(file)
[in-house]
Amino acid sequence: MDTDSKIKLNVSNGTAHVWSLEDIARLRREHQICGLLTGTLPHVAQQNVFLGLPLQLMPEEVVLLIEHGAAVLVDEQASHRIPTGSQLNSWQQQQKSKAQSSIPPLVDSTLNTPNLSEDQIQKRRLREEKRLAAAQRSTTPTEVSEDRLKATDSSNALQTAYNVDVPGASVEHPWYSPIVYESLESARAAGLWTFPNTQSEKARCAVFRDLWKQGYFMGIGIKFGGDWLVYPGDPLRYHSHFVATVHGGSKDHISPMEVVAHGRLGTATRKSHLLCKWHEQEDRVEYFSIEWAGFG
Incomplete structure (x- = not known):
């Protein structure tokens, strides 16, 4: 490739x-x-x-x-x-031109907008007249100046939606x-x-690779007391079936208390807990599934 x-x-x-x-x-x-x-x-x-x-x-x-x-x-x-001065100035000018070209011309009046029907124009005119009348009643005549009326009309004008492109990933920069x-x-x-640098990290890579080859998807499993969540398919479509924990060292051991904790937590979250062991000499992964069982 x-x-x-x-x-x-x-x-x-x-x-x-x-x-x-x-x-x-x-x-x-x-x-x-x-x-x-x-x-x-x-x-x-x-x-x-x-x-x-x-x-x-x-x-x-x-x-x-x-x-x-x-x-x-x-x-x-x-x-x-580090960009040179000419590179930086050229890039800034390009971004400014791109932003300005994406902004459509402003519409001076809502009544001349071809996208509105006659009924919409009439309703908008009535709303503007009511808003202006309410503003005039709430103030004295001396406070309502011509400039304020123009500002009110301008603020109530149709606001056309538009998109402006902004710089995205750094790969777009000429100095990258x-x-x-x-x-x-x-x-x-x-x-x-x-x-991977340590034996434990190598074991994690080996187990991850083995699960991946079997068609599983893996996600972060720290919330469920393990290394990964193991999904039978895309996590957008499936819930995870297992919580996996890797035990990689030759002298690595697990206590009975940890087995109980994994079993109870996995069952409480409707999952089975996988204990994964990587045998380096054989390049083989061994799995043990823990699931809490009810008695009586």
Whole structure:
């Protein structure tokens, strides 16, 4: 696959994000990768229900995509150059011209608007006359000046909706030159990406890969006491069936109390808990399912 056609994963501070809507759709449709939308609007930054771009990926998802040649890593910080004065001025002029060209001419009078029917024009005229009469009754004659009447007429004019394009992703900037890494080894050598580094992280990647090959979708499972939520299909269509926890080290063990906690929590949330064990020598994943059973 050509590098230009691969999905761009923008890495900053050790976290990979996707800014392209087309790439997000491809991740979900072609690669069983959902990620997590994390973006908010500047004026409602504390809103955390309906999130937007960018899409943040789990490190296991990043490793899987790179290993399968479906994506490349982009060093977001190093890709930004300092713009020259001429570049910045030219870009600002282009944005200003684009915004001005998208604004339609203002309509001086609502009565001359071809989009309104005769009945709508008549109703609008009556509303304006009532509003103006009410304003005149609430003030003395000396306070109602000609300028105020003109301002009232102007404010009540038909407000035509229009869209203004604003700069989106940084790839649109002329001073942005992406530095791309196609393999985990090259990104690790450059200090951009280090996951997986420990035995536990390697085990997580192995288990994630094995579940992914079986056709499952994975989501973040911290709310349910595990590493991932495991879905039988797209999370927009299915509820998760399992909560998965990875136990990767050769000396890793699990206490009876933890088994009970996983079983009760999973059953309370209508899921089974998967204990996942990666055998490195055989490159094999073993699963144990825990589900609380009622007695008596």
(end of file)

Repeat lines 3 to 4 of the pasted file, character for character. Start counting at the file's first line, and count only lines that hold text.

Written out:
Incomplete structure (x- = not known):
């Protein structure tokens, strides 16, 4: 490739x-x-x-x-x-031109907008007249100046939606x-x-690779007391079936208390807990599934 x-x-x-x-x-x-x-x-x-x-x-x-x-x-x-001065100035000018070209011309009046029907124009005119009348009643005549009326009309004008492109990933920069x-x-x-640098990290890579080859998807499993969540398919479509924990060292051991904790937590979250062991000499992964069982 x-x-x-x-x-x-x-x-x-x-x-x-x-x-x-x-x-x-x-x-x-x-x-x-x-x-x-x-x-x-x-x-x-x-x-x-x-x-x-x-x-x-x-x-x-x-x-x-x-x-x-x-x-x-x-x-x-x-x-x-580090960009040179000419590179930086050229890039800034390009971004400014791109932003300005994406902004459509402003519409001076809502009544001349071809996208509105006659009924919409009439309703908008009535709303503007009511808003202006309410503003005039709430103030004295001396406070309502011509400039304020123009500002009110301008603020109530149709606001056309538009998109402006902004710089995205750094790969777009000429100095990258x-x-x-x-x-x-x-x-x-x-x-x-x-x-991977340590034996434990190598074991994690080996187990991850083995699960991946079997068609599983893996996600972060720290919330469920393990290394990964193991999904039978895309996590957008499936819930995870297992919580996996890797035990990689030759002298690595697990206590009975940890087995109980994994079993109870996995069952409480409707999952089975996988204990994964990587045998380096054989390049083989061994799995043990823990699931809490009810008695009586």